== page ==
1. Shop secondhand

This point may seem superfluous to all the other important techniques, but shopping secondhand, especially for clothing and home items, is ALWAYS a great way to save money. See my article 10 Tips For Decorating On A Budget for more information about how to do this for your dream home. Research your local Goodwill, thrift stores, consignment stores, or yard sales to satisfy both your shopping desires and your pocketbook.

  1. Better yet, don’t shop at all!

cash-cent-child-1246954All of this advice is helpful, but no advice is more helpful than contentment. Wherever and whenever you can, cut back, hold off, don’t spend. Most of the time, we can make do without the things we buy. I only hope that this advice can assist in the areas that are most vital.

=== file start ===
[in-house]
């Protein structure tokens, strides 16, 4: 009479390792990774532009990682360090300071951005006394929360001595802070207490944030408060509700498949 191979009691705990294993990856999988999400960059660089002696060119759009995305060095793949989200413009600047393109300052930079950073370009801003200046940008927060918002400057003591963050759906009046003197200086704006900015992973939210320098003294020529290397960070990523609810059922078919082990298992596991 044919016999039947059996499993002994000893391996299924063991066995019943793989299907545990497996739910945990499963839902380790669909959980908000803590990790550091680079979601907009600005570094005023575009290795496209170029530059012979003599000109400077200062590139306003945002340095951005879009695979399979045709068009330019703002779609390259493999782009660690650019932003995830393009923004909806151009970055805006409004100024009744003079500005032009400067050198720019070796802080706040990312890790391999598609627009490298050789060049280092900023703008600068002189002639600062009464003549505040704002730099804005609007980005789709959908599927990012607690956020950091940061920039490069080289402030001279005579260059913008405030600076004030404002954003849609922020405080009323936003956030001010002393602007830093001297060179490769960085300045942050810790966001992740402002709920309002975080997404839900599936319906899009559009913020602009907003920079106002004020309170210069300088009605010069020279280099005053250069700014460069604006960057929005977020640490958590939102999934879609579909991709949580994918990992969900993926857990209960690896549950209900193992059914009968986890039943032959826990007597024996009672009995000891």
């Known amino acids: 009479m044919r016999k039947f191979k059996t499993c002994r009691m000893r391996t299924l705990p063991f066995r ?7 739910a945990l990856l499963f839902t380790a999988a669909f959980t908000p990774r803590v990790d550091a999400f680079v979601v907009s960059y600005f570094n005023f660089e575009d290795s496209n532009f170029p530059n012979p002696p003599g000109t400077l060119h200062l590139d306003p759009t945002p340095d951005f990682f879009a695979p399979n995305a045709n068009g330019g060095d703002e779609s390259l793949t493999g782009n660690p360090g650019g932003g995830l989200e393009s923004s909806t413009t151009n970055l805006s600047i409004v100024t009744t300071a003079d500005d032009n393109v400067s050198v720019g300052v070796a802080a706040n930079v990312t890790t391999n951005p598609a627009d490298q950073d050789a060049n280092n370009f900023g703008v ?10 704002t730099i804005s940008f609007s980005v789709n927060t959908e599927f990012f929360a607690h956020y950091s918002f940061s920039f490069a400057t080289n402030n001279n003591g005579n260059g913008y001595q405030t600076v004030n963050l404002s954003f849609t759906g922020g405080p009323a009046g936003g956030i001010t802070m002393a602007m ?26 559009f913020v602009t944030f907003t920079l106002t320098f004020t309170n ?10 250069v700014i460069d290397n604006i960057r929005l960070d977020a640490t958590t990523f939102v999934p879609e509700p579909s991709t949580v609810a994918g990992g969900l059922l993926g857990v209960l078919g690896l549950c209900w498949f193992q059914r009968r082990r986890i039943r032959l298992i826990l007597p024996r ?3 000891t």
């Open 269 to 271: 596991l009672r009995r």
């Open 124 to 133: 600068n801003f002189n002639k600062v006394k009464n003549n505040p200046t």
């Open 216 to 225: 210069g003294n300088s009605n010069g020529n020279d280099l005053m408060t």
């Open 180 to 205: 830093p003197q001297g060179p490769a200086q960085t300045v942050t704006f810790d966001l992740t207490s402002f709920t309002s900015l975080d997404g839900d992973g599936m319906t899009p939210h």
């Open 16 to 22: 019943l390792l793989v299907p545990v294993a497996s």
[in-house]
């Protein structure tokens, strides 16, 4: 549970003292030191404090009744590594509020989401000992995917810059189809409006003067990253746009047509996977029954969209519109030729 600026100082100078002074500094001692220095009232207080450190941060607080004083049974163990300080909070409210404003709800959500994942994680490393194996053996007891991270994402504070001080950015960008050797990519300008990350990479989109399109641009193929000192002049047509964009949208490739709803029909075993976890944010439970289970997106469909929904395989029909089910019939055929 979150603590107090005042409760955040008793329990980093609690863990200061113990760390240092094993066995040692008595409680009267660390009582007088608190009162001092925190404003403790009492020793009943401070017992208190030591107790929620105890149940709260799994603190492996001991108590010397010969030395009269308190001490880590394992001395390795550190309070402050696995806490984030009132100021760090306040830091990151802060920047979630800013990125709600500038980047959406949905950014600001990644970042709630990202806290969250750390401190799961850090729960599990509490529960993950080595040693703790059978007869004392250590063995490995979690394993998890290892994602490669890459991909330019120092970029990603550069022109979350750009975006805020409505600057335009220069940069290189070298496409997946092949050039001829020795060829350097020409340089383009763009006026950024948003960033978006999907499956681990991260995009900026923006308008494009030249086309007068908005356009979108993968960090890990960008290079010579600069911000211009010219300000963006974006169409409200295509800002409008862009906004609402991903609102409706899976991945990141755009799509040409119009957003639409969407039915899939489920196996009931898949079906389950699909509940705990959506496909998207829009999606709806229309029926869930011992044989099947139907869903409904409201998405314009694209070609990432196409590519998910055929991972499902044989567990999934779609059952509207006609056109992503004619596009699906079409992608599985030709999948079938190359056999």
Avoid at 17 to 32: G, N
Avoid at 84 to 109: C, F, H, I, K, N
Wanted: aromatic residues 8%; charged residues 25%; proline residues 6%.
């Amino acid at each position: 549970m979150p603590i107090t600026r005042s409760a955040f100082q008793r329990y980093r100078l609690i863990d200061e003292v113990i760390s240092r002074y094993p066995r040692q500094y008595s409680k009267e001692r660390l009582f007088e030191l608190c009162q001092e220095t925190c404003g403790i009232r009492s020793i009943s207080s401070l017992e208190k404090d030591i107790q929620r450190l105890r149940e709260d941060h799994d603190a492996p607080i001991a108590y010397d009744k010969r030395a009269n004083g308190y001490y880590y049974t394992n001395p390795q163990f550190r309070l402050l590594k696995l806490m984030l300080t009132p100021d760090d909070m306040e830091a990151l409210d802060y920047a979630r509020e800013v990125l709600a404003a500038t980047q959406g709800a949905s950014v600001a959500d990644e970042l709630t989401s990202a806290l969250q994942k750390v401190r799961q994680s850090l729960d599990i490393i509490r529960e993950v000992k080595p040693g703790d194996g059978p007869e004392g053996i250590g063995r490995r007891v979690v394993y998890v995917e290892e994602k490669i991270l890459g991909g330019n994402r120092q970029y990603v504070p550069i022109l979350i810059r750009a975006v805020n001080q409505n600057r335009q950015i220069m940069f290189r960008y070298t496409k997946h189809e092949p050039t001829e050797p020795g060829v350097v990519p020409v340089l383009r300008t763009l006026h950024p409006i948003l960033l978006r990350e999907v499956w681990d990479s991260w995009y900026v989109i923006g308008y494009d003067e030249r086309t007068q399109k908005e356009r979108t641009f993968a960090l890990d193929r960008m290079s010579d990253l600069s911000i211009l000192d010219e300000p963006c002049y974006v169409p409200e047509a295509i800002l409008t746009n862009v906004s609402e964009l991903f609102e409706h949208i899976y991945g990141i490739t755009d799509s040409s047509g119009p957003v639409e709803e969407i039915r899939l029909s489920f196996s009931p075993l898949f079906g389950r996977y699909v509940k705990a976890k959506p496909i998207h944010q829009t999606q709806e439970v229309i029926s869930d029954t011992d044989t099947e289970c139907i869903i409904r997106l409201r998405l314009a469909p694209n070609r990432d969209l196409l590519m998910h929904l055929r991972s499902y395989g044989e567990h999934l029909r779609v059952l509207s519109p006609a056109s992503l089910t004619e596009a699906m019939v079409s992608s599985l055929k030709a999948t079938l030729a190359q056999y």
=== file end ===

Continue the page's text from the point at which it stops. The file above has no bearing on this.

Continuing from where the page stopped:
Saving money is a journey that will never end, but we must never let the endeavor consume us. We “save” as an effort towards stewarding the time, energy, and resources God has given us. In prayerfully considering how God wants you to display contentment, generosity, and frugality, I hope these techniques will be helpful to you as they have been to me.

2 thoughts on “5 Saving Techniques For The Savvy Student

  1. Pingback: Cooking On A Coin